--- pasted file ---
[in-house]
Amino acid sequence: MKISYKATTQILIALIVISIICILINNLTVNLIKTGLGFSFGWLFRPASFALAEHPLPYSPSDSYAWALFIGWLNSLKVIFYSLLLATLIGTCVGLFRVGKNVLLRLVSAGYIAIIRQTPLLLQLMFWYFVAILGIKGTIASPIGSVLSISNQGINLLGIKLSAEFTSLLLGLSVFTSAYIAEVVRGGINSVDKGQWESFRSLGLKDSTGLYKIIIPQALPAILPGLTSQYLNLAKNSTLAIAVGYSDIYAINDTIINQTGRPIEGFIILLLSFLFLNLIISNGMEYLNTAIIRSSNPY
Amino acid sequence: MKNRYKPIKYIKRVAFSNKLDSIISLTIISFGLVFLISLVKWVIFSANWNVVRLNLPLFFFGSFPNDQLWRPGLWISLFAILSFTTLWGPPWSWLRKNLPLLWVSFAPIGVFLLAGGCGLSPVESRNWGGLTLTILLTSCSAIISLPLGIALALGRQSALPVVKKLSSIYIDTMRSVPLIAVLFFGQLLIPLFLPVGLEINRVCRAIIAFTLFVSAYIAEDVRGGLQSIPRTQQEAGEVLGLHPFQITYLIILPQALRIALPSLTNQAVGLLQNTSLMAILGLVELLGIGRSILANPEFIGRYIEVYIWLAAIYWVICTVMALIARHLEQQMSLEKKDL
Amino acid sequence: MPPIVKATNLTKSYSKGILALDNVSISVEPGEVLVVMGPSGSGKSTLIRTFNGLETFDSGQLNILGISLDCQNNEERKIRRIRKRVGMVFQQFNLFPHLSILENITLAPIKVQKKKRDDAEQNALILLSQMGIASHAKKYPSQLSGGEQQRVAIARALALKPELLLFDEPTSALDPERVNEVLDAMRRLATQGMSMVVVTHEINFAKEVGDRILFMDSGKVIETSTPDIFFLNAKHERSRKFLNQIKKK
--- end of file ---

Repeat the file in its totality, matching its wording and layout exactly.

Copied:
[in-house]
Amino acid sequence: MKISYKATTQILIALIVISIICILINNLTVNLIKTGLGFSFGWLFRPASFALAEHPLPYSPSDSYAWALFIGWLNSLKVIFYSLLLATLIGTCVGLFRVGKNVLLRLVSAGYIAIIRQTPLLLQLMFWYFVAILGIKGTIASPIGSVLSISNQGINLLGIKLSAEFTSLLLGLSVFTSAYIAEVVRGGINSVDKGQWESFRSLGLKDSTGLYKIIIPQALPAILPGLTSQYLNLAKNSTLAIAVGYSDIYAINDTIINQTGRPIEGFIILLLSFLFLNLIISNGMEYLNTAIIRSSNPY
Amino acid sequence: MKNRYKPIKYIKRVAFSNKLDSIISLTIISFGLVFLISLVKWVIFSANWNVVRLNLPLFFFGSFPNDQLWRPGLWISLFAILSFTTLWGPPWSWLRKNLPLLWVSFAPIGVFLLAGGCGLSPVESRNWGGLTLTILLTSCSAIISLPLGIALALGRQSALPVVKKLSSIYIDTMRSVPLIAVLFFGQLLIPLFLPVGLEINRVCRAIIAFTLFVSAYIAEDVRGGLQSIPRTQQEAGEVLGLHPFQITYLIILPQALRIALPSLTNQAVGLLQNTSLMAILGLVELLGIGRSILANPEFIGRYIEVYIWLAAIYWVICTVMALIARHLEQQMSLEKKDL
Amino acid sequence: MPPIVKATNLTKSYSKGILALDNVSISVEPGEVLVVMGPSGSGKSTLIRTFNGLETFDSGQLNILGISLDCQNNEERKIRRIRKRVGMVFQQFNLFPHLSILENITLAPIKVQKKKRDDAEQNALILLSQMGIASHAKKYPSQLSGGEQQRVAIARALALKPELLLFDEPTSALDPERVNEVLDAMRRLATQGMSMVVVTHEINFAKEVGDRILFMDSGKVIETSTPDIFFLNAKHERSRKFLNQIKKK